You want to get closer to your goals? Write them down!

Bullet…what? What sounds complicated at first will turn out as super simple, analogue method to make your everyday life more systematic and to help you sort your thoughts. This way, you will become more efficient, focused and you will be able to realize your dreams many times faster. Sounds good, doesn’t it?

All you need for the ingeniously simple method of bullet journaling is a nice notebook with blank pages, dotted lines if you wish, a pen and a ruler. The idea stems from New York-based Ryder Carroll. The common calendar with loads of space for appointments and data and little space for creative margin is outdated. What is so wrong with that? Since the human brain doesn’t work linearly but rather with links and interconnections, and since also life itself goes anything but linearly, but rather in zigzag lines and short- and long-term goals, a bullet journal is a way better solution.

Well, then let’s get started. Get your book and pen ready, steady, go! You create your bullet journal manually – not least, because handwriting comes with many advantages. Scientific studies show that we will remember the written better when actually writing it down. What we write down on paper, as in opposition typing it down mechanically, we literally get into our heads! The name “bullet” derives from the bullet point-system that was designed just for this purpose: simple dots are used for tasks, if you later change the dot into a cross, the task is done. Crossed out means “has become superfluous”. Transformed into an arrow, the task can be postponed and re-noted somewhere else. Small circles symbolize happenings (e.g. running in the forest for half an hour), dashes symbolize notes, meaning facts (e.g. in meetings), ideas, thoughts and observations. Keep it simple and short, because this increases chances that you will actually note things down, remember, and learn from them. Additional symbols in front of your bullets like stars or exclamation marks symbolize the priority and importance. 

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INDEX

Open the first blank double page of your note book. Everyone creates their bullet journal according to their own needs, but as a start, a base frame might be a good idea. First, you create an index. It contains: an overview over the (remaining) months of the year, the overview over the current month, as well as the week and day planners. Also, other categories that you find for yourself – a reading list, a double page for memories or sketches. Just try it out what you use and complement your journal as you wish. Other #bulletjournal ideas on Instagram or Pinterest can inspire.

YEARLY OVERVIEW

On the following double page you can out the „yearly overview“, meaning the months with the respective numbers for the individual days and letters for the days of the week (of course, you have design freedom here as well). On the side, you draw a few empty lines or boxes which you can use for long-term plans and events like vacation, Birthdays or company events, the half marathon, as well as concerts or happenings in the near future.

FUTURE LOG

Now, we have the „future log“: again, creativity isn’t restrained, minimalists simply dedicate a third of a page for each month. Here, you note down in “rapid logging” procedure everything that has to do with personal goals and plans for the year, including wishes and dreams. Important: don’t hesitate but dare to write down everything, even the things that might sound unrealistic at the moment (finally finding the dream partner, having a six pack – doesn’t sound so unlikely once it’s written down, doesn’t it?). Advice: check your future log every month to find out whether some point can move into the “monthly log”, your overview for the upcoming month.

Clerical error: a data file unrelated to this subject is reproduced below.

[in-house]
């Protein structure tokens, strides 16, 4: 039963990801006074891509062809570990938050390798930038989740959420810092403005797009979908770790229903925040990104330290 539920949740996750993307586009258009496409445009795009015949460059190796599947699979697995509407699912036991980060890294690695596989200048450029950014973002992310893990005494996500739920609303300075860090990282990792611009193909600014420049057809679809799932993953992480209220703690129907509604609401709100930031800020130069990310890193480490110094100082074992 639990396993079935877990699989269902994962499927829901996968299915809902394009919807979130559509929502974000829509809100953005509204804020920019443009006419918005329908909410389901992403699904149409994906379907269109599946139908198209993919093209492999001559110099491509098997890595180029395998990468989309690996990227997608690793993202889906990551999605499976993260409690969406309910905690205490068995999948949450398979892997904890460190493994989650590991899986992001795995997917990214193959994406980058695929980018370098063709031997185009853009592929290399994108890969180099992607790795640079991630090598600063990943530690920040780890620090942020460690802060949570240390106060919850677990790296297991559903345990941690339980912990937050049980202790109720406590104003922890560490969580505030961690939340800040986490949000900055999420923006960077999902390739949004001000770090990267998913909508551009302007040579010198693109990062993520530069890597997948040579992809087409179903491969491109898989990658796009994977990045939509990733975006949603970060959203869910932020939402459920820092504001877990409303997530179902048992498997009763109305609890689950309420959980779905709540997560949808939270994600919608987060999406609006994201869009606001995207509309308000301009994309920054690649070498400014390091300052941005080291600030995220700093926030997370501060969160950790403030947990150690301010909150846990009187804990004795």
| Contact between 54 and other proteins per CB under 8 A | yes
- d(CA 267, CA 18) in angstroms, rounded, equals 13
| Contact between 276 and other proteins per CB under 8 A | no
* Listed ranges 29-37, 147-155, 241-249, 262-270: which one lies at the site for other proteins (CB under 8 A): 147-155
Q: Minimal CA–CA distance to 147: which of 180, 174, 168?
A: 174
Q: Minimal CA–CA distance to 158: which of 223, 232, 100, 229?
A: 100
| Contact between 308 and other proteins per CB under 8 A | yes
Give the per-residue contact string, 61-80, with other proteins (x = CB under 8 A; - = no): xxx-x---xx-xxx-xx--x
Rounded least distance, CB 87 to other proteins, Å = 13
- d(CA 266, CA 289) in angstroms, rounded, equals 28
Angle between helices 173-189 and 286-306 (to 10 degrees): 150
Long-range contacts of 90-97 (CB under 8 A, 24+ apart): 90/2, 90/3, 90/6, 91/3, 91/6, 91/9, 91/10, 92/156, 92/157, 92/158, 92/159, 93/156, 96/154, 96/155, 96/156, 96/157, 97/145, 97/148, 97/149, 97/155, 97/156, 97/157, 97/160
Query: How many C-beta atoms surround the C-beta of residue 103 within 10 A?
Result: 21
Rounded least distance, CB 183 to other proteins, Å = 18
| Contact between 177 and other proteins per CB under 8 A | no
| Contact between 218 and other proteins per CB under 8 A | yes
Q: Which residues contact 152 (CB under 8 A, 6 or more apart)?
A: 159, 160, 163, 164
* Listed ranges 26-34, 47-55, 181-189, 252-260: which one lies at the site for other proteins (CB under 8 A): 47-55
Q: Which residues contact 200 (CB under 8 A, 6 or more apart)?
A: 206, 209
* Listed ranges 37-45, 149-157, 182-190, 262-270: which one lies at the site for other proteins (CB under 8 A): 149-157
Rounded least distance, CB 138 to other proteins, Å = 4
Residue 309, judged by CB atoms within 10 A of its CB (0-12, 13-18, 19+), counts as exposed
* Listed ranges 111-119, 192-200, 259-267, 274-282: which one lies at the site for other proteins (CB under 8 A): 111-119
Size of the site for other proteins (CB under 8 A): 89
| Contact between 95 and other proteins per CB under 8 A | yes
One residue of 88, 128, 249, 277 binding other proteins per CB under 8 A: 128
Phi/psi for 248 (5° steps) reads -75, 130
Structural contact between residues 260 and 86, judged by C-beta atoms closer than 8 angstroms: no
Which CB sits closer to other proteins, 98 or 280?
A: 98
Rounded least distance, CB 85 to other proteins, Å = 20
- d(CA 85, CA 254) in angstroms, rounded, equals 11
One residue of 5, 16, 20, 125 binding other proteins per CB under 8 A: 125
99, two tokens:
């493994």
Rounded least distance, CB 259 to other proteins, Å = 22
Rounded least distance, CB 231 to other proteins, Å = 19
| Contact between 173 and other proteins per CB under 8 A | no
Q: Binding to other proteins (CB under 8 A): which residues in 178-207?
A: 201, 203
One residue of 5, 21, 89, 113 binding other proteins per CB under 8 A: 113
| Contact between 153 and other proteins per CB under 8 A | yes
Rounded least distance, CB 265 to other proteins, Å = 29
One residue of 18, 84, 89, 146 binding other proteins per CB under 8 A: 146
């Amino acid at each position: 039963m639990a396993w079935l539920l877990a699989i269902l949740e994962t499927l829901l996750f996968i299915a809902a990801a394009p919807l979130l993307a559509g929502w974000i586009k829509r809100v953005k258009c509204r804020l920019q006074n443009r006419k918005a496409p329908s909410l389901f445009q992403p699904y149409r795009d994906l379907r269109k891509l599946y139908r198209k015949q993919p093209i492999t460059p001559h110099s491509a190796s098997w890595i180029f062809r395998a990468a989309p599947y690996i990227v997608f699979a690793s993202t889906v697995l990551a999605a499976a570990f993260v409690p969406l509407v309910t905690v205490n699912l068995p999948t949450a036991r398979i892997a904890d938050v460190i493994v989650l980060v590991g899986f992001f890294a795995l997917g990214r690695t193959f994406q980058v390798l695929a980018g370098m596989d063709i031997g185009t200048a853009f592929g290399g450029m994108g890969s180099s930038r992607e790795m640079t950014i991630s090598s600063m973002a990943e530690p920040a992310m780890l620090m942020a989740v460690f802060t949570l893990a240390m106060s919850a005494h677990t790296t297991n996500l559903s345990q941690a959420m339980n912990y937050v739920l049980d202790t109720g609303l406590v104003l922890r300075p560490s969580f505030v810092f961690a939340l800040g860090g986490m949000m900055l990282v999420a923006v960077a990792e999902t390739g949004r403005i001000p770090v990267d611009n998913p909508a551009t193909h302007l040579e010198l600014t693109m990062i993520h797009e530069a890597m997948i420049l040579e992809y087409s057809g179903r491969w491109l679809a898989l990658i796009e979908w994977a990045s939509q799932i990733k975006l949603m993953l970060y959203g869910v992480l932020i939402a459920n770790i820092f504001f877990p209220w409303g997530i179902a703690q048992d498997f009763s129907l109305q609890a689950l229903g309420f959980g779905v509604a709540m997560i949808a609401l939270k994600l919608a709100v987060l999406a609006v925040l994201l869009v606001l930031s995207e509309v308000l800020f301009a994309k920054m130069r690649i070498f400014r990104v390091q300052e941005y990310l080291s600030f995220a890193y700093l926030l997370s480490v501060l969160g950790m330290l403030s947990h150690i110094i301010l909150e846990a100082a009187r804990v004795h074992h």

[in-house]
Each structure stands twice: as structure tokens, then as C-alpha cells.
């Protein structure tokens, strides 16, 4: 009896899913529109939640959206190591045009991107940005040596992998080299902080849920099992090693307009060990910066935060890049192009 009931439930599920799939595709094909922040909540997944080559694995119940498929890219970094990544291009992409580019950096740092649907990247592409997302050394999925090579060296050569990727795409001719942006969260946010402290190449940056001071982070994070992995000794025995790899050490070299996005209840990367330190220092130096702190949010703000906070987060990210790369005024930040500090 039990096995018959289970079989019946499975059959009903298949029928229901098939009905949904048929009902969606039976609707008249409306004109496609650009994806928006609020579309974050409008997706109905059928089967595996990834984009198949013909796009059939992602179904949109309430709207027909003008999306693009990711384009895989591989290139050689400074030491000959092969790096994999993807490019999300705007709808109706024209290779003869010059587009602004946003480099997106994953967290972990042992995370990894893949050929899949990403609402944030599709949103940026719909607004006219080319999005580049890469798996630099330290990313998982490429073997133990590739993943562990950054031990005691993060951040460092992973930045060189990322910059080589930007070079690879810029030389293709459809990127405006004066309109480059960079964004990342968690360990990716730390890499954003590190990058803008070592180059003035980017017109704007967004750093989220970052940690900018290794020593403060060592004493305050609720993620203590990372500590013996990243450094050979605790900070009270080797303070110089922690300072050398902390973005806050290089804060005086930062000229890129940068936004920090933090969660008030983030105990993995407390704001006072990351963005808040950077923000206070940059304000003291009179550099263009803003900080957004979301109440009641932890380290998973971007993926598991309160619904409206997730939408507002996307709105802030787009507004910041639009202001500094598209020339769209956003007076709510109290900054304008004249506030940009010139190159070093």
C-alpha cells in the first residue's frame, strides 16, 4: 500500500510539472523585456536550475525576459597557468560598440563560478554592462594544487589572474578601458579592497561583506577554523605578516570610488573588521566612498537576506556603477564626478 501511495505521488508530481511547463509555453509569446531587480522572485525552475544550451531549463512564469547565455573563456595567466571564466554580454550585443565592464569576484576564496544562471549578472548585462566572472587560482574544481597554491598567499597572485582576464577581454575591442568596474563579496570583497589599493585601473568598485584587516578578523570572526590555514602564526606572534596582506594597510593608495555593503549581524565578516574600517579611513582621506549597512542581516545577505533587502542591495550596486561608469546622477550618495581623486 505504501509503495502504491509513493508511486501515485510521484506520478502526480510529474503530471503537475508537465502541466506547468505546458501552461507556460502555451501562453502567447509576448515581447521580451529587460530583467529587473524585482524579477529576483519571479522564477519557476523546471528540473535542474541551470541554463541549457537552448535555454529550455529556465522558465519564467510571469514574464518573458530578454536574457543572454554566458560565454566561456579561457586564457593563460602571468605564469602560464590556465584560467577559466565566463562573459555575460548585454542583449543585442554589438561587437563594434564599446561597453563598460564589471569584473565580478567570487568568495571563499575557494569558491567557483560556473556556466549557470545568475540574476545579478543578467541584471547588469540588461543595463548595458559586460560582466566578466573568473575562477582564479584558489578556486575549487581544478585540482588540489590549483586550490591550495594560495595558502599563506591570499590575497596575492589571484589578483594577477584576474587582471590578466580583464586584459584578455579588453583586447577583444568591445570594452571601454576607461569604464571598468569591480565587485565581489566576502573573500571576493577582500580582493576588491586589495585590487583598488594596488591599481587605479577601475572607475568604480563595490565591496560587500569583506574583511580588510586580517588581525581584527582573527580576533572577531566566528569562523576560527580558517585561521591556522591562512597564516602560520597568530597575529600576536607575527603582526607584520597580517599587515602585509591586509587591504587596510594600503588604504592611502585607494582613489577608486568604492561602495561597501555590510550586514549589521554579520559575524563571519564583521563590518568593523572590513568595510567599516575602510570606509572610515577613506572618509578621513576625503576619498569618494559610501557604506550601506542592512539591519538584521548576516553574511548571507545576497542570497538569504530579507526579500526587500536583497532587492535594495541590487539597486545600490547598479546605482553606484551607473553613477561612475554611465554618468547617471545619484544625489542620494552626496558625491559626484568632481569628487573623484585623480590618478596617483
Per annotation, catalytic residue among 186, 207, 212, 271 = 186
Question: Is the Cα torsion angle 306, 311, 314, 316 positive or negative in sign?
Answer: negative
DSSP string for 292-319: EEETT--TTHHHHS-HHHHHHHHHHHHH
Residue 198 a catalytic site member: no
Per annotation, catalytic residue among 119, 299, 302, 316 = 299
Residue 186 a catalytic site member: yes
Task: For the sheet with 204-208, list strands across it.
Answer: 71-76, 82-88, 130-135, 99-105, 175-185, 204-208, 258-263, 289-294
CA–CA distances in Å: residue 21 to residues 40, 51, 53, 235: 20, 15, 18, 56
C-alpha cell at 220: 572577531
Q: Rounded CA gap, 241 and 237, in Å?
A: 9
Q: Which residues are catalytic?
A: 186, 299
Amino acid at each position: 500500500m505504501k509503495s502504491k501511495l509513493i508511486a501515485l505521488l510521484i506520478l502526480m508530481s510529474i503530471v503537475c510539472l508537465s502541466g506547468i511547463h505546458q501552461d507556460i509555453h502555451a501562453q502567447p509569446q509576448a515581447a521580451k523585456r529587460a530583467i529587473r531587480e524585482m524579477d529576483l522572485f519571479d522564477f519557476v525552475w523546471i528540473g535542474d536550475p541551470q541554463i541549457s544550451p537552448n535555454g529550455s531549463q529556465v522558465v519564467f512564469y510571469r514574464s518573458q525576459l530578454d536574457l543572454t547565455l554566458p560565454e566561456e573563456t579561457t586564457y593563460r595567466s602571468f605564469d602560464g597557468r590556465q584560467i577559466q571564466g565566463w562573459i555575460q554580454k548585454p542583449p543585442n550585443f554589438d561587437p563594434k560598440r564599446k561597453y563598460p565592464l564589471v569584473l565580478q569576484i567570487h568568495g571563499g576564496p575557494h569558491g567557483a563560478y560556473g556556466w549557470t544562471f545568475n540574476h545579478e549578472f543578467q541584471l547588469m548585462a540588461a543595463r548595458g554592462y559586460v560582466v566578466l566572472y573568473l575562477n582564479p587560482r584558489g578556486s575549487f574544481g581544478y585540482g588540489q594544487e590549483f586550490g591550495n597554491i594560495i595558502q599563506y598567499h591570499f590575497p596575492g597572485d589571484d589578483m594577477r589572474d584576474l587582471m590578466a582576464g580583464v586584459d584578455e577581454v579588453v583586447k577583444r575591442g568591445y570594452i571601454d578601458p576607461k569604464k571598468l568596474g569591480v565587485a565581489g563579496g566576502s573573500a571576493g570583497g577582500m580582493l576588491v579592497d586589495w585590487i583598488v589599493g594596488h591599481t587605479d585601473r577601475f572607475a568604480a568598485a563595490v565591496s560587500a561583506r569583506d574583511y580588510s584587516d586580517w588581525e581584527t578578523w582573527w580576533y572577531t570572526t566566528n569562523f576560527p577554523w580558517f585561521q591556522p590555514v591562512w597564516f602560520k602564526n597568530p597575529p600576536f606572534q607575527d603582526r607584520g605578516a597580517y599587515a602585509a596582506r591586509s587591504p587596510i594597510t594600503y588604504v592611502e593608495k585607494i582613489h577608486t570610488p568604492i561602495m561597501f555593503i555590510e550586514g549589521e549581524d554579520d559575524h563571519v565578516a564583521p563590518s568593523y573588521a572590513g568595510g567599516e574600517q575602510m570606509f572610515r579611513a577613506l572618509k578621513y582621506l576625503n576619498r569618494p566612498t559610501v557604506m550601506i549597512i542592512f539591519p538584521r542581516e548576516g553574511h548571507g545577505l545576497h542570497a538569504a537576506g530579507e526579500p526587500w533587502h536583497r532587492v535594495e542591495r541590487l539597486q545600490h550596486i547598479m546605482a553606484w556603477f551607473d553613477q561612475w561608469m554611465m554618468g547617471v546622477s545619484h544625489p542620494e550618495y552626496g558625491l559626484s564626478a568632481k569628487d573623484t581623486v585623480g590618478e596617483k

MONTHLY LOG

This double page consists of only two parts: on the left side you have the complete monthly overview with all days that is intended only for very brief remarks. Either you simply write the days of the month under each other with the respective letter of the day – for a better overview you can draw a line after each week. Or you go all the way and create a table with boxes. On the right side, you have the task list – here, you note down the upcoming tasks of the month. The list works like a mental stock take: what will have priority during the upcoming four weeks? Was has remained undone last month? What is important now? Get it down on paper, then it’s out of your head!

DAILY LOG

Now we get to the core: in the weekly overview you write as a header the day with the date – below, you have the colored list with the different signs (dots, circles, lines, signifier), the everyday to-dos, tasks, appointments, events, experiences, thoughts or comments. Also, you can have extra boxes for topics that are dear to you. For example, below the heading “gratefulness”: good moments, success stories, things that worked out well or were simply funny. As a reminder: do it again!

Advice: create the daily overview right in the moment when you note things down or the evening before. You never know before, how much space a day will take, if it needs a whole page or if you can fit three days onto the same page. Since the bullet journal is constant work in progress, you will also vary here. Important: don’t forget to put page numbers and note them in the index.

Last but not least: with your bullet journal, you break up with planning-apps and calendars, which demand a structure you have to follow without it being adaptable to you and your (planning) needs. From now on, everything will be under one roof: appointments and daily tasks, wishes, plans and quick ideas. Also, you will be able to move forward quicker, exactly the way you want. Along the lines of: have it your own way! 

  

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